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Great. Are you able to beat that market at all, though? I mean are you able to move faster than your competition? Or are you sort of in the same boat as everybody else?

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Johannson L. Yap, First Industrial Realty Trust, Inc. - Co-Founder, CIO & Executive VP of West Region [39]

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My view is that everybody is in the same boat, especially when you're dealing with municipalities, with an entitlement process or contractors, comparing the same.

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Operator [40]

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Your next question comes from Eric Frankel with Green Street Advisors.

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Eric Joel Frankel, Green Street Advisors, LLC, Research Division - Senior Analyst [41]

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I just wanted to drill into this 2020 early leases you signed. Can you just confirm what percentage on a square footage basis does that comprise Southern California? I think you said 3 leases. I just want to confirm what the actual square footage total is.

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Peter E. Baccile, First Industrial Realty Trust, Inc. - President, CEO & Director [42]

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Yes. Eric, on a percent basis, it's less than 1% or 2%. So a very small number.

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Eric Joel Frankel, Green Street Advisors, LLC, Research Division - Senior Analyst [43]

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Okay. That is quite small. Okay. I think both of my questions have been answered. I think, only kind of minor ones are the ground lease development that you're undergoing in South Florida. Could you just talk about that deal a little bit? Sometimes ground leases can be a little bit of a complicated subject.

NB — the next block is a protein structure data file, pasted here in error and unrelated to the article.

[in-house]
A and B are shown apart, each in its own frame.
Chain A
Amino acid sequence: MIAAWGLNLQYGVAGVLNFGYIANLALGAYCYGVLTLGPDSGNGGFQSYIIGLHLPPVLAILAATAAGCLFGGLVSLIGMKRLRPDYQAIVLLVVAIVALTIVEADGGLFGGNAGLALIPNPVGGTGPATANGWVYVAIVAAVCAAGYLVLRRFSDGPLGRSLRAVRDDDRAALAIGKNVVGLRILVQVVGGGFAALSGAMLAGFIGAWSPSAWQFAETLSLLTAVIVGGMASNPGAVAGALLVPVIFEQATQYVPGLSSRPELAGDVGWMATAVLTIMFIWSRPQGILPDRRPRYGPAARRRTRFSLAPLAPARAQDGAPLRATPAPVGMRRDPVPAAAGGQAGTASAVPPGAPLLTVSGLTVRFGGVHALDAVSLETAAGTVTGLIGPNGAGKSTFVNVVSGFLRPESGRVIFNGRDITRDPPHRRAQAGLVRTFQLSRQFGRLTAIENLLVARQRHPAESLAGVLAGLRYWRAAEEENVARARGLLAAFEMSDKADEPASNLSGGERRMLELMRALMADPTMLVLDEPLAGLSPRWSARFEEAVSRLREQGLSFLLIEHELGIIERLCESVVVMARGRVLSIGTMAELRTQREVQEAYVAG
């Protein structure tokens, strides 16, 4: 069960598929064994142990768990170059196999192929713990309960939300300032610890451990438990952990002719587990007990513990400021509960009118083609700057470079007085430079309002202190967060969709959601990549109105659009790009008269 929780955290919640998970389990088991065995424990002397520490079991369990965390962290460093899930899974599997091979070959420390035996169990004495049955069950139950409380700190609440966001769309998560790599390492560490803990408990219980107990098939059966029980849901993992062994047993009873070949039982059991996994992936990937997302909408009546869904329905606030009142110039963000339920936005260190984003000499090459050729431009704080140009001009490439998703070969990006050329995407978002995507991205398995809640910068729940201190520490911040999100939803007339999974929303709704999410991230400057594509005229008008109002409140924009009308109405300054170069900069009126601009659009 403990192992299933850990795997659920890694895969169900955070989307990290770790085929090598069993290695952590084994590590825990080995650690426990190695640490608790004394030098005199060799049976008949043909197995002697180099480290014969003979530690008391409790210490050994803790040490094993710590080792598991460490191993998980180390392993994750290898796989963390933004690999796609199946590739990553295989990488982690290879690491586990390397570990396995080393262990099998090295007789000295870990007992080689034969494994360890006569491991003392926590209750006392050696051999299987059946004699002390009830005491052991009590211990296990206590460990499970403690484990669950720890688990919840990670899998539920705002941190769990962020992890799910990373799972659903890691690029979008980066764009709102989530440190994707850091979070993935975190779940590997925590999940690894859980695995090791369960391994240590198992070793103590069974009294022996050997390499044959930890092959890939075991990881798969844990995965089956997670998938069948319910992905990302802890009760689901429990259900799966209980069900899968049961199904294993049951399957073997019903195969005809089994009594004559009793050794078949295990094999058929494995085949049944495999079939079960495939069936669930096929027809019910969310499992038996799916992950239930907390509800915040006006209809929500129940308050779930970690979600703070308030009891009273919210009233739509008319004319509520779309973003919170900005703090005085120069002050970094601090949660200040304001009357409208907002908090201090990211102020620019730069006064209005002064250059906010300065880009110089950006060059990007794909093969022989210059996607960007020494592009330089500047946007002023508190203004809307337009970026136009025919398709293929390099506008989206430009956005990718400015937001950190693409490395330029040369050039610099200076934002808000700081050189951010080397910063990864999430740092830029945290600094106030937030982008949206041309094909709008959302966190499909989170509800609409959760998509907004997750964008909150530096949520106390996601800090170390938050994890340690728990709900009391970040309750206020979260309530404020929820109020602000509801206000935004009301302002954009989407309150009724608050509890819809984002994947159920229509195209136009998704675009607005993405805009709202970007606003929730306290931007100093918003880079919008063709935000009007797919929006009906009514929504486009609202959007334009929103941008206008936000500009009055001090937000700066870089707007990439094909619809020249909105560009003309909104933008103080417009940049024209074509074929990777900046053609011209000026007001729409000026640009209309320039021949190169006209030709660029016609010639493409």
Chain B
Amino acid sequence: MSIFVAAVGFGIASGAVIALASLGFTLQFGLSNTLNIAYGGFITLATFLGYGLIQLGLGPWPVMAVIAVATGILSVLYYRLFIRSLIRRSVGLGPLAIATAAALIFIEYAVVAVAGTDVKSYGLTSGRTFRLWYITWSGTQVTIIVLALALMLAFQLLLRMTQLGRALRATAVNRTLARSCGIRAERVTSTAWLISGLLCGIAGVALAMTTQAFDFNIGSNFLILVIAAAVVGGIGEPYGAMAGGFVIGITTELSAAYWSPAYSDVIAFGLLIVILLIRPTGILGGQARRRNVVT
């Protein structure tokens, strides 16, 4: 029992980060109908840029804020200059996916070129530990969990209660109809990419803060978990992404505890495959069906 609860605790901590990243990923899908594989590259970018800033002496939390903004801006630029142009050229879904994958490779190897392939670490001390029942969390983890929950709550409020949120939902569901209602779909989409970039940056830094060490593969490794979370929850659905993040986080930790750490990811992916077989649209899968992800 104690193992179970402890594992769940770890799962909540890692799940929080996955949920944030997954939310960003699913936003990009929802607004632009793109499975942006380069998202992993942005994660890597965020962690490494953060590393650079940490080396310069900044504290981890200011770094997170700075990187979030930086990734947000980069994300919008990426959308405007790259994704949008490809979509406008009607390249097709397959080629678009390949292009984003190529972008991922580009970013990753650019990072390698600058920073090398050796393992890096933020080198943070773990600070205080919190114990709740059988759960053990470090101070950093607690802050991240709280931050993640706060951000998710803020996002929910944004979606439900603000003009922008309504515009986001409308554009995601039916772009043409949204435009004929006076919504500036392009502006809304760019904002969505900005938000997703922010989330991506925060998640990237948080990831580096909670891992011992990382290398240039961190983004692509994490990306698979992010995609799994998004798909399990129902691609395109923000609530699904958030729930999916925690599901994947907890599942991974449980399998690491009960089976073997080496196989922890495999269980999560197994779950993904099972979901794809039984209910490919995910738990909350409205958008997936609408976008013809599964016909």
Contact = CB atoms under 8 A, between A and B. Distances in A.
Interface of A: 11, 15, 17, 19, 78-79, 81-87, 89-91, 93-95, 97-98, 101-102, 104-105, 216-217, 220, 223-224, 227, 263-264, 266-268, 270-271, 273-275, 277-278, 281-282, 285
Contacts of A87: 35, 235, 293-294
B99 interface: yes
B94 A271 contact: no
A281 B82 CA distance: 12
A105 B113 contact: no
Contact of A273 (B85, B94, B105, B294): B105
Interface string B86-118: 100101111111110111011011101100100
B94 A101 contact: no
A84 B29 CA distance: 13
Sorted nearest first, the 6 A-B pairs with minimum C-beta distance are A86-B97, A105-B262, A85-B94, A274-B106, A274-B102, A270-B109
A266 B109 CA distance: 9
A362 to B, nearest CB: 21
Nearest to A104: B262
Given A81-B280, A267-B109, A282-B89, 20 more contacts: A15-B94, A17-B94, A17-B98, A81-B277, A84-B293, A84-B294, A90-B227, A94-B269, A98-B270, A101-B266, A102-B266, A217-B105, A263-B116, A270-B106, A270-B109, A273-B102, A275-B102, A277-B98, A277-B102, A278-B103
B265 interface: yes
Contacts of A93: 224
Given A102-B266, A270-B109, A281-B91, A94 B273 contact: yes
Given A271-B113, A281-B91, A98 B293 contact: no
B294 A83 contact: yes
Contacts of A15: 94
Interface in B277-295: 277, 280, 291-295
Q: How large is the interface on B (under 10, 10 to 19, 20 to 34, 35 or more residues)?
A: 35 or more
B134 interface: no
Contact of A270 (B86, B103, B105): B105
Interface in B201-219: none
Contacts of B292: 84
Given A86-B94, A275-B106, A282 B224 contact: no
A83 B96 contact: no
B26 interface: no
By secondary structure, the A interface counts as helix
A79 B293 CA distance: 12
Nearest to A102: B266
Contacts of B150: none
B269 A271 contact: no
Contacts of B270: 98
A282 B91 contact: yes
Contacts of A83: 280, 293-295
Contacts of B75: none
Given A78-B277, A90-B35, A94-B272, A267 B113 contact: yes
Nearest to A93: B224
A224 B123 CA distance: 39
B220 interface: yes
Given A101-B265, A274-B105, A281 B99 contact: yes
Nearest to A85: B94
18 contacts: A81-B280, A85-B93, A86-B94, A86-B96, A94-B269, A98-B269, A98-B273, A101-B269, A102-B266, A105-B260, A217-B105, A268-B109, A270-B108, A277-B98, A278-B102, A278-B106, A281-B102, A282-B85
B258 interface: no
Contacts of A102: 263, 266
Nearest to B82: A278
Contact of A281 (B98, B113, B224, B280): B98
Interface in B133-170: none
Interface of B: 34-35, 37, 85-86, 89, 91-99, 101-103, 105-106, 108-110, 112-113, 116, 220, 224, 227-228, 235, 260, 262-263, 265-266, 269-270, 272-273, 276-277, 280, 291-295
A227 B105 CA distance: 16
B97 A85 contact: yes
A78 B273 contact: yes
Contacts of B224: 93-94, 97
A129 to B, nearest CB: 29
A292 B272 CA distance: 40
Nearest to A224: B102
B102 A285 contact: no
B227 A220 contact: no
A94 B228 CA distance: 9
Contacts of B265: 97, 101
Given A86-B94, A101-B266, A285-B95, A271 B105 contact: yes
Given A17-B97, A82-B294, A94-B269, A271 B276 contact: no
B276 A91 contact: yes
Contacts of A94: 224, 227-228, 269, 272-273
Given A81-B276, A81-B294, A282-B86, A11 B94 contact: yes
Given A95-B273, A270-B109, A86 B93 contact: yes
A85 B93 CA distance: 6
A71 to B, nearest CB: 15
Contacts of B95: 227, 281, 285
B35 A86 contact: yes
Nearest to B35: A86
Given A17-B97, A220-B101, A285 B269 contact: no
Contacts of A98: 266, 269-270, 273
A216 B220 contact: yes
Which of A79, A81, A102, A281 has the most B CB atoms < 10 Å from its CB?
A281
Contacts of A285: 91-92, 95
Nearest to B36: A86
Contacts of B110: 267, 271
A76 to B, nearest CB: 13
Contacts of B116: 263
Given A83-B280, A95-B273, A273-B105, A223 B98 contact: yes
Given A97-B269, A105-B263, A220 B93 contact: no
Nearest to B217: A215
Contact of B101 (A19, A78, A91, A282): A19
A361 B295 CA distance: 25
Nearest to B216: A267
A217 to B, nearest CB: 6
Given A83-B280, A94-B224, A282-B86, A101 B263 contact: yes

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Johannson L. Yap, First Industrial Realty Trust, Inc. - Co-Founder, CIO & Executive VP of West Region [44]

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Sure, Eric. It's Jojo. So these are premium sites that we wanted to acquire, the 3 sites where we can build multi-tenant buildings. And we wanted to buy them via state. The city does not want to sell, the via state. The city of [our dollar], on numerous occasions, will only do ground leases, and they're pretty border play in terms of 50-year ground leases. So what we did is to compensate us for the different ownership structure, we then sold for and structured a deal and development that would yield a 7.1%. And the way we got to that is that we think properties and [excess gas] would trade [4.25 to 4.75]. And then, basically, the spread. We wanted a bigger spread than our standard 100 to 150. So we basically are underwriting. They got to 135 to 185 basis point spread. That -- we intend to hold those properties long term and at the same time, we have a cap, Eric. We put a cap on the ground lease rent that is at or below the recent inflation. That's very important to us because we think rent growth contractual escalations will significantly exceed the ground-lease lease-rent escalation plus the market rent growth as well. So that will give us a disproportionately positive growth on our NOI once we complete those buildings.